MariaDB documentation is mentioning that
ORDER BY clause in subqueries (derived table) are never allowed by SQL standards.
Meaning the SQL query
SELECT field1 , field2 FROM ( SELECT field1 , field2 FROM table1 ORDER BY field2 ) alias
is never allowed by SQL standards
A "table" (and subquery in the FROM clause too) is - according to the SQL standard - an unordered set of rows. Rows in a table (or in a subquery in the FROM clause) do not come in any specific order. That's why the optimizer can ignore the ORDER BY clause that you have specified. In fact, the SQL standard does not even allow the ORDER BY clause to appear in this subquery
But when i look into the SQL 92 standard. (i know it's old)
A table is either a base table, a viewed table, or a derived table. A base table is either a persistent base table, a global tempo- rary table, a created local temporary table, or a declared local temporary table.
A derived table is a table derived directly or indirectly from one or more other tables by the evaluation of a
<query expression>. The values of a derived table are derived from the values of the underlying tables when the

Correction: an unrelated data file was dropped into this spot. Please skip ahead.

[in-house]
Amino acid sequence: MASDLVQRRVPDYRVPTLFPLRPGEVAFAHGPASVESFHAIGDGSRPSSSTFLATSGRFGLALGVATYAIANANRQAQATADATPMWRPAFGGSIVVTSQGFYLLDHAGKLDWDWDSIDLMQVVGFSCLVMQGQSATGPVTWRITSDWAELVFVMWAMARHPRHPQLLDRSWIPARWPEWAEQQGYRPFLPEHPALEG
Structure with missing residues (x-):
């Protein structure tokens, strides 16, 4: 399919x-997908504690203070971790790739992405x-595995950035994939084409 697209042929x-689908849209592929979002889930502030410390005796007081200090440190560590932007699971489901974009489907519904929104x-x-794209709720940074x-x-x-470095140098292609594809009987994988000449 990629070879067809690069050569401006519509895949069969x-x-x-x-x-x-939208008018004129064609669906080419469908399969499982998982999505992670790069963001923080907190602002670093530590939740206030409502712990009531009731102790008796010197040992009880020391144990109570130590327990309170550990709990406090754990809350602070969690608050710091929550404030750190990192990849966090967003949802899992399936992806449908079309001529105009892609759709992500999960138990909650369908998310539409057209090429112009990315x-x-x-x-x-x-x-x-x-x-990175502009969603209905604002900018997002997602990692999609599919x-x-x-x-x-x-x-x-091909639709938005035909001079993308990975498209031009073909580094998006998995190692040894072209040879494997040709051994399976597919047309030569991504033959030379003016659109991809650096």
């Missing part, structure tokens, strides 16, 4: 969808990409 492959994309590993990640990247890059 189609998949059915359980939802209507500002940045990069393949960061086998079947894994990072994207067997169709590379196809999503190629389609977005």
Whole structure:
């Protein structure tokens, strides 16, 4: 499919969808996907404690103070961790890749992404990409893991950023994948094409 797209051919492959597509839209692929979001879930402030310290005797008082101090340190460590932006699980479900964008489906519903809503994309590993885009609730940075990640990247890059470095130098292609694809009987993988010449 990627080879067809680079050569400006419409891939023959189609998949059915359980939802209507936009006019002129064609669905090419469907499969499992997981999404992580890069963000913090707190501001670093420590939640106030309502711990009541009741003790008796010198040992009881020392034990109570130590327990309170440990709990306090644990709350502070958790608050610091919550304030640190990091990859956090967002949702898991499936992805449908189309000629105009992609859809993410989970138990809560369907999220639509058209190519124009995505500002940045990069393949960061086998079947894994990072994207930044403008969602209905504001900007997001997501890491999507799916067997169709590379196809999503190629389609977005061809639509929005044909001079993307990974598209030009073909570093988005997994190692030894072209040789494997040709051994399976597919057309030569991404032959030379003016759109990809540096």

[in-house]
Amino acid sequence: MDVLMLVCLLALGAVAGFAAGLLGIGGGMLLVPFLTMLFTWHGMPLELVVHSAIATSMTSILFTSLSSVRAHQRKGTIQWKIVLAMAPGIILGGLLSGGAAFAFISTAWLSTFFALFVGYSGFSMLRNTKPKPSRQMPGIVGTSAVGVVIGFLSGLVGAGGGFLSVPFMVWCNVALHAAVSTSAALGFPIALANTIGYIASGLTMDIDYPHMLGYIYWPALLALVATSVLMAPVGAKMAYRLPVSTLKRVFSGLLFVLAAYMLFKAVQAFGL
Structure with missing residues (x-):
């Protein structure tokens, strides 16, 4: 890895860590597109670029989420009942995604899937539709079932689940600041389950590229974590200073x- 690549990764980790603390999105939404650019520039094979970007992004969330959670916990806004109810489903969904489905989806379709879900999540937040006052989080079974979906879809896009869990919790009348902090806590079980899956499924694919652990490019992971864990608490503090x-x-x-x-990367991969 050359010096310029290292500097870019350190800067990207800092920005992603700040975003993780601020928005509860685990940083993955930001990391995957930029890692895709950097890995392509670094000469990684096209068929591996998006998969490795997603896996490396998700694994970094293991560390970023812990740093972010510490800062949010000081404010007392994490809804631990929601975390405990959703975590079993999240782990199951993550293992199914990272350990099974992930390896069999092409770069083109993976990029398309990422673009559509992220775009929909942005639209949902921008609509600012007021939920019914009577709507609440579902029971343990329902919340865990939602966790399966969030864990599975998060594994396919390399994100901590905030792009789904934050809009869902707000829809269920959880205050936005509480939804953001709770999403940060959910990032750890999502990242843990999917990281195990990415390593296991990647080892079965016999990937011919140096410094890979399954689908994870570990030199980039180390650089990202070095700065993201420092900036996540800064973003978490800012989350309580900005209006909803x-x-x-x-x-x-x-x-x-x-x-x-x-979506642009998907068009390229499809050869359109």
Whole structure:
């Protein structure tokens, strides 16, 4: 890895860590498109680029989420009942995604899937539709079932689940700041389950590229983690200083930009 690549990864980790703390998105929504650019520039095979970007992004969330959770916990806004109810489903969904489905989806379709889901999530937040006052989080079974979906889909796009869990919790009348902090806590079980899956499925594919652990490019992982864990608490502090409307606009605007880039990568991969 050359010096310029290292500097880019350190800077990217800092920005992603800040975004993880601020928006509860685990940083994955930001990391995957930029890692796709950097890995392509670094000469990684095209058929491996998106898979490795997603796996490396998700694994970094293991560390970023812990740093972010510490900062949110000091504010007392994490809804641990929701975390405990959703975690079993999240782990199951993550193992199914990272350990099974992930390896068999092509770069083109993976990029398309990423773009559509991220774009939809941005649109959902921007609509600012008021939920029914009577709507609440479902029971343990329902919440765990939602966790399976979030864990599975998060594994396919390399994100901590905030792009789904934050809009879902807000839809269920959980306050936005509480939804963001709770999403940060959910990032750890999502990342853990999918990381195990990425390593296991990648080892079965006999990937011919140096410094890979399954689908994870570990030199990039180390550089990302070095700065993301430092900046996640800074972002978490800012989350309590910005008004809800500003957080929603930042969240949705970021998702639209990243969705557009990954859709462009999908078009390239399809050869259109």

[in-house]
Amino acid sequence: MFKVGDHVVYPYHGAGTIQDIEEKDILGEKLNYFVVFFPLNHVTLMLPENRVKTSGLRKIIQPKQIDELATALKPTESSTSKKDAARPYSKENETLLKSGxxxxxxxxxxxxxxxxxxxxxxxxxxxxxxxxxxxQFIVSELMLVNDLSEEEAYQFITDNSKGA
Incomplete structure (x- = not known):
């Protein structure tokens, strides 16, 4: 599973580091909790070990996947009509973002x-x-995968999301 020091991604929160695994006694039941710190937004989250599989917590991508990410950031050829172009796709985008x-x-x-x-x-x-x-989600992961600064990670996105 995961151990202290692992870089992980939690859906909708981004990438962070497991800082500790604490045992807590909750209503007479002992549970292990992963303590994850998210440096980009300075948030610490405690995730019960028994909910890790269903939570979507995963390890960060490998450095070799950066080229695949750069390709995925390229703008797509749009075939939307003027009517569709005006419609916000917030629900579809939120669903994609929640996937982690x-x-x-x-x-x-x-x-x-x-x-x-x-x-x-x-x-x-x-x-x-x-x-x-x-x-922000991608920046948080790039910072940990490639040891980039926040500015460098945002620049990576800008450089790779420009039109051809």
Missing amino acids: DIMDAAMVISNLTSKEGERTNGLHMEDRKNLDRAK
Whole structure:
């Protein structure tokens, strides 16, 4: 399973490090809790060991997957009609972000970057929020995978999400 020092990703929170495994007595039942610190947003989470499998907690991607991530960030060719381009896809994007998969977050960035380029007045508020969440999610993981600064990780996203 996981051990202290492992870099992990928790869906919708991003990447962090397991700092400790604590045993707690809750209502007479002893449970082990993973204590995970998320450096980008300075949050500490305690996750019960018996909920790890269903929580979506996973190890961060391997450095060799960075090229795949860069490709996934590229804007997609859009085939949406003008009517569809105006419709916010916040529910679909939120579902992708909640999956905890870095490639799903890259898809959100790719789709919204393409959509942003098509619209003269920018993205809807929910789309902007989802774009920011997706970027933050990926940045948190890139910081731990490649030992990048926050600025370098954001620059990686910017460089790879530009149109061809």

<query expression>is evaluated.
The simply underlying tables of derived tables and cursors are defined in Subclause 7.9,
"<query specification>", Subclause 7.10,
"<query expression>", and Subclause 13.1,
"<declare cursor>". A viewed table has no simply underlying tables.
They mention cursors let see what they say about cursors and what they are.
A cursor in the open state identifies a table, an ordering of the rows of that table, and a position relative to that ordering. If the
<declare cursor>does not include an
<order by clause>, or includes an
<order by clause>that does not specify the order of the rows completely, then the rows of the table have an order that is defined only to the extent that the
<order by clause>specifies an order and is otherwise implementation-dependent.
So they mention here a cursor in open state can be a table is either a base table, a viewed table, or a derived table. if you look how they define what a table is in section 4.9 Tables
If i read this i could be interpreting it as using
ORDER BY in derived table (like the SQL query above) is perfect valid by SQL standards and it's up to vendors if they would allow
ORDER BY there as a option.
But i would be interpreting it wrong english is not mine mother laungauge, so the question is iám interpreting it correctly?